WHAT SHOULD FRESHMEN READ?: In the latest issue of The Village Voice, Theo Schell-Lambert explores the trend among universities (mainly the Ivy League variety) to assign summer reading to incoming students. The most common trend, he writes, is to assign the same book to all freshmen, who discuss it in small groups when they get to campus. He continues: “The college summer read tends to be challenging but not overtly controversial, smart but not wonkishly academic. Several categories have emerged to satisfy those criteria: There's the Still Relevant Classic ( Antigone), Cool Classic (Frankenstein, anything by Kafka), Identity Political (Life on the Color Line, Things Fall Apart), and the Actually Worthwhile Bestseller (The Tipping Point).” This got me thinking about what book would I assign to incoming freshmen at Your Typical Western State University (YTWSU). It could represent the contemporary West (Mark Spragg, Annie Proulx, Sherman Alexie), but there are great books about bygone times (think of books by A.B. Guthrie or Willa Cather). Maybe it should approach The West as in “western civilization.” In that case, something like Antigone or The Iliad would be appropriate. Some of my favorite novels have universal themes. I think of One Hundred Years of Solitude and Song of Solomon. If you were making the decision, what book would you assign to incoming freshmen at YTWSU? Click on "comments" below.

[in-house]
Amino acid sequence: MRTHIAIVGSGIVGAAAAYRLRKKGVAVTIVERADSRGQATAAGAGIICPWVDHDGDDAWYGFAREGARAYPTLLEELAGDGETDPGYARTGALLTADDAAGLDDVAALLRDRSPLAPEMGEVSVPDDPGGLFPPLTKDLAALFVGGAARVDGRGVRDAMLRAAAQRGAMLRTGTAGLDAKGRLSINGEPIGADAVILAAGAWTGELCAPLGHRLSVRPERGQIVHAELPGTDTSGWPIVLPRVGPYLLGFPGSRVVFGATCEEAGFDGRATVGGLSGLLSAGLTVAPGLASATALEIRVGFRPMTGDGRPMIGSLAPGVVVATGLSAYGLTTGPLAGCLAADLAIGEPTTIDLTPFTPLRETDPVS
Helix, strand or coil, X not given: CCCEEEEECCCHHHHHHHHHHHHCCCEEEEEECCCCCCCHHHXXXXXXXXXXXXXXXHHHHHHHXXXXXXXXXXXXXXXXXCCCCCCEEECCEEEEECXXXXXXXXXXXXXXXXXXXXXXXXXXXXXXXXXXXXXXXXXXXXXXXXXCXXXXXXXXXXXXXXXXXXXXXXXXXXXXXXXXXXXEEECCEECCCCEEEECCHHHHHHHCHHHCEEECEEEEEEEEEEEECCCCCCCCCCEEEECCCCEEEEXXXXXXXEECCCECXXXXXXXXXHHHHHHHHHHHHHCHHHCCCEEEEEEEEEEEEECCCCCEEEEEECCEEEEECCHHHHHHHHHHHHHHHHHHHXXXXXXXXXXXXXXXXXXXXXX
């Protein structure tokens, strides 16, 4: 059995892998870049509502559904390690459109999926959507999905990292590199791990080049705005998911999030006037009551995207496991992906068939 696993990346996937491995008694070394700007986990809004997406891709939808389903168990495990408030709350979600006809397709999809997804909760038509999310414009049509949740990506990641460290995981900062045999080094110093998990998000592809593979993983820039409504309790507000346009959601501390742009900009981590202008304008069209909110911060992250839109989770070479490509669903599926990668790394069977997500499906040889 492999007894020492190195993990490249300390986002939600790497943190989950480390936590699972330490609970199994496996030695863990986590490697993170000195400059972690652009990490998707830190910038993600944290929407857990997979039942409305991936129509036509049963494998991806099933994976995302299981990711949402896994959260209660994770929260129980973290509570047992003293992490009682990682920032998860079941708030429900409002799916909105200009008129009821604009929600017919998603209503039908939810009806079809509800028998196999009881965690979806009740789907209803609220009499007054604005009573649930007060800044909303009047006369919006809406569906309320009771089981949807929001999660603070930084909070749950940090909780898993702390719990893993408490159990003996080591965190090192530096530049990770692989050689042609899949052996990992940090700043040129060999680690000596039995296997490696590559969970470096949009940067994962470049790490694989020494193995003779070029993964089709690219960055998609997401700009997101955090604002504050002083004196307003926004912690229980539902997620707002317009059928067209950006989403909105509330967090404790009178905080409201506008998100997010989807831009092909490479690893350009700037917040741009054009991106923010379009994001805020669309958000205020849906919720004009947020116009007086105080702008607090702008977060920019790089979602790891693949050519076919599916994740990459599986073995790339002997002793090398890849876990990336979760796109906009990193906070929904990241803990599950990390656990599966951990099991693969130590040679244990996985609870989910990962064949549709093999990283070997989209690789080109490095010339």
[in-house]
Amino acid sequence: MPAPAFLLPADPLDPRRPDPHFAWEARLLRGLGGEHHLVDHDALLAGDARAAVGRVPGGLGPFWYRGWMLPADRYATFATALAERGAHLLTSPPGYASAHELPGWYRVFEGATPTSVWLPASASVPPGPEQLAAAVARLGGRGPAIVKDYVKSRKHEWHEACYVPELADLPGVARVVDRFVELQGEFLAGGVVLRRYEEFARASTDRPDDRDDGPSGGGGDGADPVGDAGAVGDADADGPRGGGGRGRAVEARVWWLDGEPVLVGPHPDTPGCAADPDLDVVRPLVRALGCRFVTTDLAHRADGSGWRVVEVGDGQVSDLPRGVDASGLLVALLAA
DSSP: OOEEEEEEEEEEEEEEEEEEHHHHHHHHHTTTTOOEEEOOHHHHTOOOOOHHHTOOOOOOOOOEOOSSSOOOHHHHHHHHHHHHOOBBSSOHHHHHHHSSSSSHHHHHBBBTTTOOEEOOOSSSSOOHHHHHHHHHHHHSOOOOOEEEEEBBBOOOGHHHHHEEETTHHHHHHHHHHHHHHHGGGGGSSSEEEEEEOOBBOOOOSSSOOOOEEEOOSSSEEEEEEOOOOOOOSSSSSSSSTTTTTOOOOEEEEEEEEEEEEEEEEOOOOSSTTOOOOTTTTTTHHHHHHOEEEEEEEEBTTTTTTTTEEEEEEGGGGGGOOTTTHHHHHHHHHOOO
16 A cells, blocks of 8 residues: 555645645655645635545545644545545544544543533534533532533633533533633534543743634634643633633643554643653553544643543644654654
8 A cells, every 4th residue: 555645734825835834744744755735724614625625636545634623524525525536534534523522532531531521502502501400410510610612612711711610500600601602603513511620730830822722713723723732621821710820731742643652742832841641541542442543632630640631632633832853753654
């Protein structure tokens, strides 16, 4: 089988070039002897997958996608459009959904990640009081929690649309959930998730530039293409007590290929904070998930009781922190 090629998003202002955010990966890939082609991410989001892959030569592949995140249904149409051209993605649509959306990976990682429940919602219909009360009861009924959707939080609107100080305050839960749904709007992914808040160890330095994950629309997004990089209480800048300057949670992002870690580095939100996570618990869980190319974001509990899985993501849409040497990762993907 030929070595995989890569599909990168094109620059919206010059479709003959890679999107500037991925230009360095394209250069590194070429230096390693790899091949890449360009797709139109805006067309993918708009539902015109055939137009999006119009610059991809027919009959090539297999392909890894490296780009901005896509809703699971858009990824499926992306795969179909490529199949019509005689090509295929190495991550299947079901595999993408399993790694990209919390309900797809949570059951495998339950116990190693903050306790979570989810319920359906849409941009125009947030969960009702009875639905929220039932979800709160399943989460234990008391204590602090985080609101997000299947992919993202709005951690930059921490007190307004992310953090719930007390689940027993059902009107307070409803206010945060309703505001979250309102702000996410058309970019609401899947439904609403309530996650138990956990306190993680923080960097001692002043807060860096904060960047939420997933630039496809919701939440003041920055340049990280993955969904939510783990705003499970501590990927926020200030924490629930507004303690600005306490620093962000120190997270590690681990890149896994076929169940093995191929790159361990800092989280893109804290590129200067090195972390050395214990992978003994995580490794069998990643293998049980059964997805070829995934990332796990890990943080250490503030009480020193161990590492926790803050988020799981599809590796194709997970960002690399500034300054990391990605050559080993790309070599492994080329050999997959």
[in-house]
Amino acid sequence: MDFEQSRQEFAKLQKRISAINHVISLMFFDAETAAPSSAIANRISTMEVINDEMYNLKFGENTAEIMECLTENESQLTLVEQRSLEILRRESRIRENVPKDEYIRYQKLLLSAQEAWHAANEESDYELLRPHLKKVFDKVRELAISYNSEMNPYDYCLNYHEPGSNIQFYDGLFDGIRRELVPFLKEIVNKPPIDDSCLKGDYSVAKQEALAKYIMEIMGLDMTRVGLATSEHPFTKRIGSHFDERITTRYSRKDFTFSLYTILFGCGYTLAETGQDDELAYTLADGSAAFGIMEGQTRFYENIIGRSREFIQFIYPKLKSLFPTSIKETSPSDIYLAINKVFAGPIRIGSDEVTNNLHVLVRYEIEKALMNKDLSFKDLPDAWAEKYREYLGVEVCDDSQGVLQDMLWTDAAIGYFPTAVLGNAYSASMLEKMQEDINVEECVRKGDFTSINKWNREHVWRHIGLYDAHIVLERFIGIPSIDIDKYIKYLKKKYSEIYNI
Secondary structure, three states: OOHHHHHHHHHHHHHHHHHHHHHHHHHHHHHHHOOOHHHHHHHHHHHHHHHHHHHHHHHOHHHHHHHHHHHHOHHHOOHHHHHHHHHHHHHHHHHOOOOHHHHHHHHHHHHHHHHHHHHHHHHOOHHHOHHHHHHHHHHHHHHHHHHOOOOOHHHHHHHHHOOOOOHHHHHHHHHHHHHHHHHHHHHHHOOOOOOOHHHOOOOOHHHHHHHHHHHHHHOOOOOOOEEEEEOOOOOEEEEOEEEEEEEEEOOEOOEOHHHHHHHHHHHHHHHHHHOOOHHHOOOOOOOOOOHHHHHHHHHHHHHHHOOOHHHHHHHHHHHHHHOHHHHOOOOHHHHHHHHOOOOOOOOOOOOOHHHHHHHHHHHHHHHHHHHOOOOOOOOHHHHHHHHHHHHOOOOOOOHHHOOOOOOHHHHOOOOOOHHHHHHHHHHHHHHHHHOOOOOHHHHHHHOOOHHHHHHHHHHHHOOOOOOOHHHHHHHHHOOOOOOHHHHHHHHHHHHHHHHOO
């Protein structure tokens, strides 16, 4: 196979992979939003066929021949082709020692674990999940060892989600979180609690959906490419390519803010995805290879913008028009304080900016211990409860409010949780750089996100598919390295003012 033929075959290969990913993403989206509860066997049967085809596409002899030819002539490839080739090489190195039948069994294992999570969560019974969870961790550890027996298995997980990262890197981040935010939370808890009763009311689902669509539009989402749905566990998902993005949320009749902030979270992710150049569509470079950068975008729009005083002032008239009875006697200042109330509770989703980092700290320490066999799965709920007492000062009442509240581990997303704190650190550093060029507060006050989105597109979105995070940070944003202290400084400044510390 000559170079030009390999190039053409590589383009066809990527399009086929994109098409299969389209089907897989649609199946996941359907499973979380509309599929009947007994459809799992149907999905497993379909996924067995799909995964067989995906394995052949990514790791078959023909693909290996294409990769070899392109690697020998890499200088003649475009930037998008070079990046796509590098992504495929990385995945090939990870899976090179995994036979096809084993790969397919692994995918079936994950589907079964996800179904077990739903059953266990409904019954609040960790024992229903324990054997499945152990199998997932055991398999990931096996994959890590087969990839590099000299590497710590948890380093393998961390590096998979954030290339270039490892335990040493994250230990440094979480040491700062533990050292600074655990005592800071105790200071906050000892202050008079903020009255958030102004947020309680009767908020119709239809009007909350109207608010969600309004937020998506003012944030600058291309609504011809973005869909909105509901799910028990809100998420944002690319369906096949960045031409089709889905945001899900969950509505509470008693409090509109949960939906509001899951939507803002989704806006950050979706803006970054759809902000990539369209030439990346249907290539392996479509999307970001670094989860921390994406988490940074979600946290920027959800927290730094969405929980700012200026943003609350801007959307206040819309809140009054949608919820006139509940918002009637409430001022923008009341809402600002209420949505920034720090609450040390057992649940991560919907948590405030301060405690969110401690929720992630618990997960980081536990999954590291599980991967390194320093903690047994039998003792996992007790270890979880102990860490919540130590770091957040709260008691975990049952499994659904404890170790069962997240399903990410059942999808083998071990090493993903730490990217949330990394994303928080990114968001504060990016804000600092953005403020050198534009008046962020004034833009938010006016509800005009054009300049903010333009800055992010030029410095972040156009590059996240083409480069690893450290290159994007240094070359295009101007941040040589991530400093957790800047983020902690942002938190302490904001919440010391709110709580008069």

Thursday, August 25, 2005
TETON CO. LIBRARY OFFERS WORKSHOP IN SPANISH: Creative Writing Workshop in Spanish will be held Monday, Sept. 12, 6:30-8:30 p.m., at the Teton County Library in Jackson. Adults interested in poetry and writing are encouraged to participate in this ongoing monthly workshop for Spanish speakers. Cate Cabot facilitates the class, with Rod Cely as interpreter. "Exploring the Writer's Life" ongoing workshops provide a forum for creative written expression and discussion. No registration necessary. Usually runs the second Monday of every month. Cost: Free. Location: Ordway Auditorium. Contact: Margaret Thompson, 733-2164 ext. 112.